Certificates of Deposit offer higher yields and greater safety. Is that a good thing?
, by Rob Kaufman
Certificates of deposits (CDs) are investments, sold by banks that are typically bought with cash an investor won't need for a long period of time. Why? The money must remain invested for the full investment period (referred to as the "term" of the CD) in order for the bank to pay a slightly higher interest rate than what would have been earned if the money was kept in a money market or checking account. This is the "higher yield" feature of a CD.
A CD's "safety" feature is apparent by the fact that the interest rate is pre-determined (no potential of a decrease) and the CD holder is guaranteed the amount they invest - plus interest - once the CD reaches its maturity date. Plus, if the bank fails for any reason, the investment is most likely insured by the FDIC for up to $250,000.
It's for these two reasons (higher yields and increased safety) that many people opt for CDs. So why isn't everyone investing in CDs? What does one have to lose?
With lower risk investments come lower return. The interest rate you'll get on a CD is just a bit higher than that of a checking or savings account, so you won't be pulling in the big bucks when the CD matures. However, there are ways to help increase the return on CDs and that has to do with the type of CD you purchase.
Types of CDs
Want a little more interest than the traditional CD provides? You can see if your bank (or another financial institution) offers the following CD products...
Bump-Up CD allows you to exchange your CD's interest rate for a higher one if rates on new CDs of similar duration rise during your term.
Liquid CD lets you withdraw part of your deposit without paying a penalty. This type of CD typically offers an interest rate lower than other CDs, but still beats a money market or checking account rate.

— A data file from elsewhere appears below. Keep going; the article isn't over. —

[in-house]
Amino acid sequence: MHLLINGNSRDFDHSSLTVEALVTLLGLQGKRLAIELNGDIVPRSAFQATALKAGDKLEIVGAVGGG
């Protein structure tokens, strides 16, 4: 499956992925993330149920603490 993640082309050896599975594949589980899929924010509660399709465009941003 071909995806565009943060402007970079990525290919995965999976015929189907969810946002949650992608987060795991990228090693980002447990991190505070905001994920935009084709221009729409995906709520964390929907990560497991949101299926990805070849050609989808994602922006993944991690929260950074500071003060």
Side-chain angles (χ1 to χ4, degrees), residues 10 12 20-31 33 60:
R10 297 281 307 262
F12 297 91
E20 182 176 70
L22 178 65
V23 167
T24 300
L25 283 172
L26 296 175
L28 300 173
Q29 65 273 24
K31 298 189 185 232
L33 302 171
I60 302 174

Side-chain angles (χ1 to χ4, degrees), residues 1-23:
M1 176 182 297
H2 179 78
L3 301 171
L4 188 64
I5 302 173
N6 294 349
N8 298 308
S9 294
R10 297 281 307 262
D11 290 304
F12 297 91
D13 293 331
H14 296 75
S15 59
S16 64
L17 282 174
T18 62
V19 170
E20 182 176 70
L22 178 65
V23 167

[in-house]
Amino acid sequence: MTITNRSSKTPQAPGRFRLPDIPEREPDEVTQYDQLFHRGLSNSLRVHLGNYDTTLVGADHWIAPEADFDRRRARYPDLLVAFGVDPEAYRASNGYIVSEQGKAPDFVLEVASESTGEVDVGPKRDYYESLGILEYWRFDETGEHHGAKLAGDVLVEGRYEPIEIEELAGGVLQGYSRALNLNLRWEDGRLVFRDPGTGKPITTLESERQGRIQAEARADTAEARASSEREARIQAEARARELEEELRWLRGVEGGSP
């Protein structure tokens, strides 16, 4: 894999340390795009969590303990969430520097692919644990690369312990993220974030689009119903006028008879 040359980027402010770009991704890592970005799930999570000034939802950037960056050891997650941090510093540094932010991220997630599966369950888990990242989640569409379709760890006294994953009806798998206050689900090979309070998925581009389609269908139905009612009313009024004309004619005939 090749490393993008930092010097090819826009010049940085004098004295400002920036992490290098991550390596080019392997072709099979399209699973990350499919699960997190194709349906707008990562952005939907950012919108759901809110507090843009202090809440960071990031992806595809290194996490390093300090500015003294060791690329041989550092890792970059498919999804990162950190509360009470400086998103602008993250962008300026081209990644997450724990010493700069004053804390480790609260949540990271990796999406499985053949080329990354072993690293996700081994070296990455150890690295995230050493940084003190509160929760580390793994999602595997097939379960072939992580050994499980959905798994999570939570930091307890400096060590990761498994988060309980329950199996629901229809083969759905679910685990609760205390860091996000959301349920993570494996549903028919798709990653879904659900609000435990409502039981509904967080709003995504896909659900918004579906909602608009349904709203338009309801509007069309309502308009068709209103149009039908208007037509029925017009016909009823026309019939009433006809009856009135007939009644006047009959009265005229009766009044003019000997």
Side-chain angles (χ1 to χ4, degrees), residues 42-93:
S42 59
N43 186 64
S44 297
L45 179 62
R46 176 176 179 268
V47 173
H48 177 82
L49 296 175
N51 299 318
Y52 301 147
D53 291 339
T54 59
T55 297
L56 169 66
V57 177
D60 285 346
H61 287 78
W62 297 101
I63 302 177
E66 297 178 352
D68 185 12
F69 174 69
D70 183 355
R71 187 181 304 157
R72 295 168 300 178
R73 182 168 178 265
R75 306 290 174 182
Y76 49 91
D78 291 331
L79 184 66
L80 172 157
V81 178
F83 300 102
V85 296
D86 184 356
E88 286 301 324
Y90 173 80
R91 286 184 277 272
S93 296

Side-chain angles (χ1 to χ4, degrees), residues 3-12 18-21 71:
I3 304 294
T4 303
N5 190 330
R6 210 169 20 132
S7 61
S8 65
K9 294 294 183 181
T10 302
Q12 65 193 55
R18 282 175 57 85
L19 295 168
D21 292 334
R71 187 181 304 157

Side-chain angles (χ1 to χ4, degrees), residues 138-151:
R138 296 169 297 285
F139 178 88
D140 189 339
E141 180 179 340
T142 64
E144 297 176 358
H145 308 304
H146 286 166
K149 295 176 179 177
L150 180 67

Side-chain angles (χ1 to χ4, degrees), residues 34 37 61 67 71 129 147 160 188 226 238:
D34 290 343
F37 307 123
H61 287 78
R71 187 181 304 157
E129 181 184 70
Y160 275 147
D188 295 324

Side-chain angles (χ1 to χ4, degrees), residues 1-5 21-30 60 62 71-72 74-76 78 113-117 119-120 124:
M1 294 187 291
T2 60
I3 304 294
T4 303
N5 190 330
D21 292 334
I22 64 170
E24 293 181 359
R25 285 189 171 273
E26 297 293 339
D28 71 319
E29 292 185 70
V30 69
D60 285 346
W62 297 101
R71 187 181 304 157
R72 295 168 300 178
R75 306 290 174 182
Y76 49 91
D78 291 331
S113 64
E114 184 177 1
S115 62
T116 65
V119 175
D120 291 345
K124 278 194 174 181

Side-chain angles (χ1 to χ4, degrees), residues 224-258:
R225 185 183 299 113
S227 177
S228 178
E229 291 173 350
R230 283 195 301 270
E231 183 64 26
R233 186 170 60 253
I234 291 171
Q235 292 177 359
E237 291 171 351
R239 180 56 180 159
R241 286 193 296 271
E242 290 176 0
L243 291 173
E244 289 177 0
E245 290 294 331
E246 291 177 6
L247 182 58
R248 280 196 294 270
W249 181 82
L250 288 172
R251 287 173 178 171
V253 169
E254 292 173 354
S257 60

Zero-coupon CD doesn't pay annual interest but reinvests the payments so you'll earn interest on a higher total deposit.
Callable CD means that the issuing bank can recall the CD after a set period of time, returning your deposit plus any interest owed. Banks often do this when interest rates fall below the rate initially offered. To help entice customer to purchase this type of CD, banks might pay a higher interest rate.
Is a Certificate of Deposit right for you?
CDs are usually part of a larger financial investment portfolio. It's important to look at your financial profile and determine short- and long-term investment objectives before making a commitment to purchasing a CD. Here are some facts that might help you with that strategy:
There's a large variety of CDs available from thousands of different banks and credit unions so you can find the one (or two... or three) that fits your needs.
CD holders can depend on a constant rate for the term of the CD.
The money in a CD is not easily accessible and a penalty is typically charged for early withdrawal.
CD rates usually lag behind rising inflation on the way up and drop more quickly than inflation on the way down. That could mean the investment will lose its purchasing power over time as interest gains are overtaken by inflation.
CDs can also be part of any emergency fund. See how at the myFICO blog titled: Money 911: Establishing an Emergency Fund.
To read more discussions and get a better perspective on CDs, visit the myFICO Forum.
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